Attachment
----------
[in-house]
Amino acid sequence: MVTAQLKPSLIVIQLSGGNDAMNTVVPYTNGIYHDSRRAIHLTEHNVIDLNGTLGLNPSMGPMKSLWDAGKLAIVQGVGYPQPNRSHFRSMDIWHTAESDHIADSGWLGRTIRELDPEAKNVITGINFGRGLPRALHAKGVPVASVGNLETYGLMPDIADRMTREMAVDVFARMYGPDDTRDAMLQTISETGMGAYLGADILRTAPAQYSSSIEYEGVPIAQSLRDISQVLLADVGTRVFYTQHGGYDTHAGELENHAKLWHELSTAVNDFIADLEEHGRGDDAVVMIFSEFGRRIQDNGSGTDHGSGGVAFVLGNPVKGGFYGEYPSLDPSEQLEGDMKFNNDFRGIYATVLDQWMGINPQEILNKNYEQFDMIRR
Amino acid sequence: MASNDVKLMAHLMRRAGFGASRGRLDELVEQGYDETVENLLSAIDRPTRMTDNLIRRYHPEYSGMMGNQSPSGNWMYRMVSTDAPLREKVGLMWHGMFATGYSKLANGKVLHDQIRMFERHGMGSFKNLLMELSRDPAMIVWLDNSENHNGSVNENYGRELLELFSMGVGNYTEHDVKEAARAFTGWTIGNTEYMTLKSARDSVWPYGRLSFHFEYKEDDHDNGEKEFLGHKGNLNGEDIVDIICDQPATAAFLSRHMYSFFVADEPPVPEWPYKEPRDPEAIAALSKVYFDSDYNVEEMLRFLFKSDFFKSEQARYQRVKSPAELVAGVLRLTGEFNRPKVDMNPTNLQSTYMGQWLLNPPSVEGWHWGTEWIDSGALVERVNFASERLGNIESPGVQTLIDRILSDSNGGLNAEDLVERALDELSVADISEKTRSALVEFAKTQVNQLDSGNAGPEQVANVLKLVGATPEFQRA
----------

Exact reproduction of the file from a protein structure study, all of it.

[in-house]
Amino acid sequence: MVTAQLKPSLIVIQLSGGNDAMNTVVPYTNGIYHDSRRAIHLTEHNVIDLNGTLGLNPSMGPMKSLWDAGKLAIVQGVGYPQPNRSHFRSMDIWHTAESDHIADSGWLGRTIRELDPEAKNVITGINFGRGLPRALHAKGVPVASVGNLETYGLMPDIADRMTREMAVDVFARMYGPDDTRDAMLQTISETGMGAYLGADILRTAPAQYSSSIEYEGVPIAQSLRDISQVLLADVGTRVFYTQHGGYDTHAGELENHAKLWHELSTAVNDFIADLEEHGRGDDAVVMIFSEFGRRIQDNGSGTDHGSGGVAFVLGNPVKGGFYGEYPSLDPSEQLEGDMKFNNDFRGIYATVLDQWMGINPQEILNKNYEQFDMIRR
Amino acid sequence: MASNDVKLMAHLMRRAGFGASRGRLDELVEQGYDETVENLLSAIDRPTRMTDNLIRRYHPEYSGMMGNQSPSGNWMYRMVSTDAPLREKVGLMWHGMFATGYSKLANGKVLHDQIRMFERHGMGSFKNLLMELSRDPAMIVWLDNSENHNGSVNENYGRELLELFSMGVGNYTEHDVKEAARAFTGWTIGNTEYMTLKSARDSVWPYGRLSFHFEYKEDDHDNGEKEFLGHKGNLNGEDIVDIICDQPATAAFLSRHMYSFFVADEPPVPEWPYKEPRDPEAIAALSKVYFDSDYNVEEMLRFLFKSDFFKSEQARYQRVKSPAELVAGVLRLTGEFNRPKVDMNPTNLQSTYMGQWLLNPPSVEGWHWGTEWIDSGALVERVNFASERLGNIESPGVQTLIDRILSDSNGGLNAEDLVERALDELSVADISEKTRSALVEFAKTQVNQLDSGNAGPEQVANVLKLVGATPEFQRA